ot Citroën sales in the country doubled in 2012 to 81,000 vehicles. And while the Mercurio purchase gave Gefco outbound assets in India, de Micheaux said the company plans to expand further in the country.

Of course, with RZD as its main shareholder, Gefco’s centre of gravity is inevitably shifting towards Moscow. The provider is growing in Russia and Central Asia as well as exploring long distance rail flows between Europe and Asia. Gefco is also going to train a team of Russian logistics engineers at its Paris headquarters to improve its local technical capability in Russia.   

“We’re doing this to create more synergies for customers between the East and the West and to start the integration between the two groups,”
de Micheaux said. 

While the 4PL structure will be independent from Gefco’s transport assets, the provider is nevertheless trying to improve its capacity utilisation. Gefco has cut back on sub-contractors to maintain its in-house fleet and is also investing in some new equipment. Earlier this year for example, Gefco launched a new, covered trailer that has the same loading capacity as an uncovered trailer. De Micheaux believes that the trailer can be part of a door-to-door service that delivers a ‘showroom-ready’ vehicle to dealers. “We transfer cars from the plant to compounds, where they are PDI’ed, and then sent in a protected trailer to showrooms,” he said. “It seems simple, but it helps to avoid damages and can prevent a last PDI for dealers.”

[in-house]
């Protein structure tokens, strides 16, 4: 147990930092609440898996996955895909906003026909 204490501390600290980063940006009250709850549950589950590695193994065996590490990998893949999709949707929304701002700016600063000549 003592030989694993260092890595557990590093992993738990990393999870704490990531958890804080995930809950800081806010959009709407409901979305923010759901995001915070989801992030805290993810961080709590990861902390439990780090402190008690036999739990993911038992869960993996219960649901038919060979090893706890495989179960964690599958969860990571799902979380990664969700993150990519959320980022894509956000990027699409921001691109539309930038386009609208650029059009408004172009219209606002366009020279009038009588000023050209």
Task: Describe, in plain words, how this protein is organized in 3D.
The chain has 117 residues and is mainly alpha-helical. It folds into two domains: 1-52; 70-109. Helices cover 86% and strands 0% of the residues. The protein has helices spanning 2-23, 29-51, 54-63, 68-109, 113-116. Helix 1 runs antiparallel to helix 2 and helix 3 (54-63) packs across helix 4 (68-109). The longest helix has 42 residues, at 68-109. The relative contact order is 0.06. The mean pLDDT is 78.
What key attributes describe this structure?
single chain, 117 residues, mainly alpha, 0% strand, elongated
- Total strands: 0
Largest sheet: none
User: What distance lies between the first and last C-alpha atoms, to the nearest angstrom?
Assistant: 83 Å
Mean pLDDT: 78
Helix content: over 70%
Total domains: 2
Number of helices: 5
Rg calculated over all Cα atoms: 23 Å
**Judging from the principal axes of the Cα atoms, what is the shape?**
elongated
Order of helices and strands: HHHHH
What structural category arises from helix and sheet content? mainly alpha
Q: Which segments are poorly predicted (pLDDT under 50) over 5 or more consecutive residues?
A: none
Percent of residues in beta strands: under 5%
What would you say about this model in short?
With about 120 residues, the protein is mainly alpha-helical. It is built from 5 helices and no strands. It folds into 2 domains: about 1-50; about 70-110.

While global expansion and new equipment will be important, de Micheaux comes back to IT, quality standards and consistent service as the best way for the company to gain more business, whether in France, Russia or China. “We have to consolidate our systems and data so that we can provide the same level of service and information from East to West,” he said. “I have yet to see that in the automotive industry. It will be a struggle, but if we can provide it, we’ll greatly benefit.”